The Possession (2012) -vs- Boogeyman (2005)

August 30, 2012 Arthur Tiersky

The Possession: From the writing team and producer who brought you Boogeyman! No, not that Boogeyman, the other one. Yeah, okay, there’ve been a few, so we can understand your confusion. The 2005 Boogeyman! You know, the one with the kid from Seventh Heaven and Zooey Deschanel’s less annoyingly quirky sister? Yeah, that’s the one! Same folks!

And so ends my brief career of writing movie poster copy. But the point is, as you can see, The Possession, the new horror release from the producing shingle of the extremely busy and formerly cool Sam Raimi, comes with quite the pedigree. After Boogeyman (on which they share writing credit with Eric Kripke), screenwriting team Stiles White and Juliet Snowden would go on to pen such immortal classics as Knowing (2005) and The Proud Family Movie (2009). With The Possession, though, they return to their domestic horror roots, so what better way* to celebrate the closing of this vicious circle than with a good old-fashioned Smackdown? […]

Premium Rush (2012) -vs- Quicksilver (1986)

August 23, 2012 Eric Volkman

In honor of the recently completed Olympics, the Smack has expanded its competition facilities. That’s because today’s contest is better suited to the track than the ring; the two opposing films feature professional bicycle riders as lead characters.

In Lane 1 we have Premium Rush, an action/thriller starring Joseph Gordon-Levitt as an intense bike messenger racing through Manhattan to thwart the machinations of a corrupt cop. In Lane 2 is Quicksilver, starring Kevin Bacon as an intense bike messenger racing through San Francisco in a drama that sees him get mixed up with a troubled young female colleague, a fellow messenger with financial problems, and a homicidal customer.

These bikes look awfully similar at first glance, so watch our contestants closely. Racers, take your marks… […]

The Odd Life of Timothy Green (2012) -vs- Foster (2011)

August 13, 2012 Sarah Harding

When I first saw the trailer for The Odd Life of Timothy Green, it seemed so quirky and original that I was surprised to learn it had a perfect Smackdown opponent waiting in semi-obscurity to face off against it. Foster, released in 2011 but only seen by a handful of people — most of them probably in London art houses — is so similar to Timothy Green in concept that I began to question the latter’s provenance. (As it turns out, Timothy is not a recast Yank version of Foster but an original script by director Peter Hedges, from a story by Ahmet Zappa, one of Frank’s kids.) Both films are gentle fairy tales that examine family relationships. Both involve children, who magically appear when they are most needed and manage to teach their troubled adoptive parents a thing or two about love and parenting. Both fathers are in jeopardy of losing their jobs, which the magical children in their lives are also able to help them address. And both are full of hokey life lessons, yet surprisingly are able to touch audiences in a genuinely heartfelt way. […]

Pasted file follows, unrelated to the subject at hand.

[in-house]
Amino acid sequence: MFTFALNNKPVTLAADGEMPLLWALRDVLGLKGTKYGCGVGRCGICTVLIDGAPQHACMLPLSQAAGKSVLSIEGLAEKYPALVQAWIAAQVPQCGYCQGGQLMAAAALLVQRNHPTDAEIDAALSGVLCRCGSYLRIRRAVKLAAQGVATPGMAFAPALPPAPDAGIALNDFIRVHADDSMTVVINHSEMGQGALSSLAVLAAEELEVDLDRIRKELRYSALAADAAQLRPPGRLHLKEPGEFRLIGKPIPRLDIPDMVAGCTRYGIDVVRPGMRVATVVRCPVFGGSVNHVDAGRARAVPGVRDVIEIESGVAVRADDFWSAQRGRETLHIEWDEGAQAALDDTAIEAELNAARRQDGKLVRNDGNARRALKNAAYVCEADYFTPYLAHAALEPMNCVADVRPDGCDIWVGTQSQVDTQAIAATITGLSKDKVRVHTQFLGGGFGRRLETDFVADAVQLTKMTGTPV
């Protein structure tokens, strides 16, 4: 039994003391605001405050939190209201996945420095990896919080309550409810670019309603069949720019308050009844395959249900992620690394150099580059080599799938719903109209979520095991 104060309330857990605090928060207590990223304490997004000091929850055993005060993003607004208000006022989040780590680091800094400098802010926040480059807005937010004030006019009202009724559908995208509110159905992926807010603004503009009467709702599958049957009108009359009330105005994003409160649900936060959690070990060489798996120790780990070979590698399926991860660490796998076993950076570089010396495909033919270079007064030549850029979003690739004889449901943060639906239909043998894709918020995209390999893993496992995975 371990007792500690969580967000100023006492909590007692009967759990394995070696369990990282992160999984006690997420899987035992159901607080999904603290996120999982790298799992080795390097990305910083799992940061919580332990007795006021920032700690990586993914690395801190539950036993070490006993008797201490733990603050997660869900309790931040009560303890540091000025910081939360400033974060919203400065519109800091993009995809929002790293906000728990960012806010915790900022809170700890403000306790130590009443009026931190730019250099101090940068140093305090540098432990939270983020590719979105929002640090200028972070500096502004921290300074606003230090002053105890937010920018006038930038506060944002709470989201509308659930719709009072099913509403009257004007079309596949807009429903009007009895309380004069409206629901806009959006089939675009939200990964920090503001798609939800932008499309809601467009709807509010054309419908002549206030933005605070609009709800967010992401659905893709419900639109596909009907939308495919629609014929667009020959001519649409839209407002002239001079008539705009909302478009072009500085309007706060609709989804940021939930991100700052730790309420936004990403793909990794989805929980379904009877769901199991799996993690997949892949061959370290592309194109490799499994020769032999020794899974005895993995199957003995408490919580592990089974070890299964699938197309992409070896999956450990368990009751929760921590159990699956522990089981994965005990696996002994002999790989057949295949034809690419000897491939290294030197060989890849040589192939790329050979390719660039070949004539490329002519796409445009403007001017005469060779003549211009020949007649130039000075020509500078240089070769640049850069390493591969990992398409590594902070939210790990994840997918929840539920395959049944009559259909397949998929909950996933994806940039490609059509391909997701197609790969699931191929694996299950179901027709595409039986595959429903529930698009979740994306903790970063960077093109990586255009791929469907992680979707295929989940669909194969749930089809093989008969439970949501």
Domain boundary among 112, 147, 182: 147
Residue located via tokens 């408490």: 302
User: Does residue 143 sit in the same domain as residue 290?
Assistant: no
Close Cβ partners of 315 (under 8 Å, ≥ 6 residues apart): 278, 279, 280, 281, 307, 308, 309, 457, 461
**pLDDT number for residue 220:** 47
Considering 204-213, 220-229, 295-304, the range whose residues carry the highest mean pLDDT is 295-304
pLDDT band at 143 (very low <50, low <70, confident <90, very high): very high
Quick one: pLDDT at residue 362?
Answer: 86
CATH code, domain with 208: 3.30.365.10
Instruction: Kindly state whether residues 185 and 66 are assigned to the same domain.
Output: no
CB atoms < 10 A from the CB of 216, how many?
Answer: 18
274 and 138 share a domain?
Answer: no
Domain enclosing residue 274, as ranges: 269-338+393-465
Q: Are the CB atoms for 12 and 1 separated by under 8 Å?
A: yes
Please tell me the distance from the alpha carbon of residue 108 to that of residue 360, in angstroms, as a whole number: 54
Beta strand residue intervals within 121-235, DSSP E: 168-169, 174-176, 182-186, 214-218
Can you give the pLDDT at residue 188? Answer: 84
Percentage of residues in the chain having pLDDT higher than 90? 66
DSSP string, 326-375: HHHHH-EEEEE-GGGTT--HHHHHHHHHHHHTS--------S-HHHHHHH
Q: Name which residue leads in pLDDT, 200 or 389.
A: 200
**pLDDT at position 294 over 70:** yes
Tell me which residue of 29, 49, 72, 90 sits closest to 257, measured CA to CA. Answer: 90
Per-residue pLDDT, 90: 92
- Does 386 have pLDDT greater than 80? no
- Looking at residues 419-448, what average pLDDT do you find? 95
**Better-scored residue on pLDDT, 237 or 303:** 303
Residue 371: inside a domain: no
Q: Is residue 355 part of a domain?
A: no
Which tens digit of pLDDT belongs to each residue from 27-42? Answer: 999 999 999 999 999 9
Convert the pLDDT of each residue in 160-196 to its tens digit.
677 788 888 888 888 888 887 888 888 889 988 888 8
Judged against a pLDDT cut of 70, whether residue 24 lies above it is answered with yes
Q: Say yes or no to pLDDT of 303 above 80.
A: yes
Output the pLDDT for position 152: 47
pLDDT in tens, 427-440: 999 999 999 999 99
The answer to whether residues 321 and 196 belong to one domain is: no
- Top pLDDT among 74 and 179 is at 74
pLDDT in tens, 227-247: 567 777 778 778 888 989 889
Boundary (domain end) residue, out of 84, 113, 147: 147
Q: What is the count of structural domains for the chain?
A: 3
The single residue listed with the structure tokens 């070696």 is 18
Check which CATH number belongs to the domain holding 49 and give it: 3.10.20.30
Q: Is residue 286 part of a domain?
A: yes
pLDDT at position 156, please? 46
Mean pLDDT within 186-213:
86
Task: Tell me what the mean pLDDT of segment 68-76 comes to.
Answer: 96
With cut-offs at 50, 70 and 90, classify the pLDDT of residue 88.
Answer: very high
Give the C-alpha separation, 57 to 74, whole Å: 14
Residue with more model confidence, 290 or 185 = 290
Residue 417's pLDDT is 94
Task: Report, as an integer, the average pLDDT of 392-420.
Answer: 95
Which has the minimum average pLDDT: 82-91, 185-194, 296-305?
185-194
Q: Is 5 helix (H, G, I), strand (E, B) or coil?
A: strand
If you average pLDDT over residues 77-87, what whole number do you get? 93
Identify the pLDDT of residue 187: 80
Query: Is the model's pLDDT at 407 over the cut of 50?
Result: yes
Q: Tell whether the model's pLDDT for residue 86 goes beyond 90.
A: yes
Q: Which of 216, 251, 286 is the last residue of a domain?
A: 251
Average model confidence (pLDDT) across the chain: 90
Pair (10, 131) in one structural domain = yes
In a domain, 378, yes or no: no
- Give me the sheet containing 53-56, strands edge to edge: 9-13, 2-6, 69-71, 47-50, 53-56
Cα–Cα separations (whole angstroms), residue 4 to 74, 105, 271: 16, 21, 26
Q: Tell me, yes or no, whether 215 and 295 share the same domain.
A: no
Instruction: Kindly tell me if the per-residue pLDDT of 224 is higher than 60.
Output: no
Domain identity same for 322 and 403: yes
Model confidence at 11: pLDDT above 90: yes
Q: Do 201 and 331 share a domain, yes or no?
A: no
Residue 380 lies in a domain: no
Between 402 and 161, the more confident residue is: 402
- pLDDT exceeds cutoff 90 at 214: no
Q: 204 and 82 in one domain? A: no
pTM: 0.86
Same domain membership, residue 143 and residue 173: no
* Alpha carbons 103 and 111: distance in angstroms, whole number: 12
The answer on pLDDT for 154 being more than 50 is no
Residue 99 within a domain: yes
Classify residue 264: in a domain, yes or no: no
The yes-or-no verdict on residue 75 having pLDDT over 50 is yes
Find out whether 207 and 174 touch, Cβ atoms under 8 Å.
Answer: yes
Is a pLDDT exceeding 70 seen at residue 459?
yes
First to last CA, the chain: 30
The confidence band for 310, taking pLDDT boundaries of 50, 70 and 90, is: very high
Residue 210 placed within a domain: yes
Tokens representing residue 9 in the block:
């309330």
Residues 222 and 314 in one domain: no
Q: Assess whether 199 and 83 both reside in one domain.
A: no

The Bourne Legacy (2012) -vs- The Bourne Identity (2002)

August 9, 2012 Arthur Tiersky

Rumpled bureaucrats stand around a cramped room, surrounded by state-of-the-art surveillance equipment, barking orders at the underlings and whispering tensely among themselves as they watch a muscular super-agent and his female companion out-gun, out-run, out-fight and out-think them at every turn.

Where else could we be but Bourne again? (Sorry.)

Yes, that’s right, the lucrative franchise, loosely adapted from Robert Ludlum’s novels, that closed out its initial trilogy with (the now inappropriately titled) Bourne Ultimatum (2006) is back. The hooks for The Bourne Legacy are a mostly new cast, including lead actor, the screenwriter of all four taking over directing chores as well, and that other than the occasional photo, there’s not an actual Bourne in sight. […]

Hope Springs (2012) -vs- It’s Complicated (2009)

August 6, 2012 Caroline Levich

At my ripe young age of 20, I look to my favorite Hollywood movies to reaffirm my dream of falling in love with a flawless man who will whisk me off my feet, complete with a perfect wedding. We will grow old together, reveling in our joy, and telling the new 20-year-olds all the secrets to our perfect marriage. Sadly, It’s Complicated and Hope Springs are putting a bit of a damper on my life plan.

In David Frankel’s new film, Hope Springs (written by Vanessa Taylor), Meryl Streep plays Kay, a woman who finds herself 31 years into something that doesn’t quite resemble a marriage anymore. Back in 2009, Meryl co-starred as Jane Adler, a divorcee who tumbles into an affair with her ex-husband in Nancy Meyer’s It’s Complicated. After fully investing in these two films, I feel like my only options are to be an unhappy divorcee or an unhappy wife. Either way I’m unhappy — yet, either way I’m Meryl Streep, so I suppose I’ll be alright.
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Total Recall (2012) -vs- Total Recall (1990)

August 2, 2012 Eric Volkman

Welcome! Sit yourself in this chair and don’t worry when we strap your limbs down securely and tape electrodes to your head. There’s nothing to be worried about!

In the both of the Total Recalls we’ll be comparing in this review, a visit to such a patient’s seat launches a mind-bending sci-fi espionage adventure for the seemingly ordinary Douglas Quaid (Arnold Schwarzenegger in the 1990 original, Colin Farrell in the just-released update). Both big-budget movies unspool roughly the same story and feature plenty of slam-bang action, a nightmare vision of a bleak future, and not a little violence. They also play with the idea of implanted memory. Can we really be sure we’re truly experiencing the here and now? […]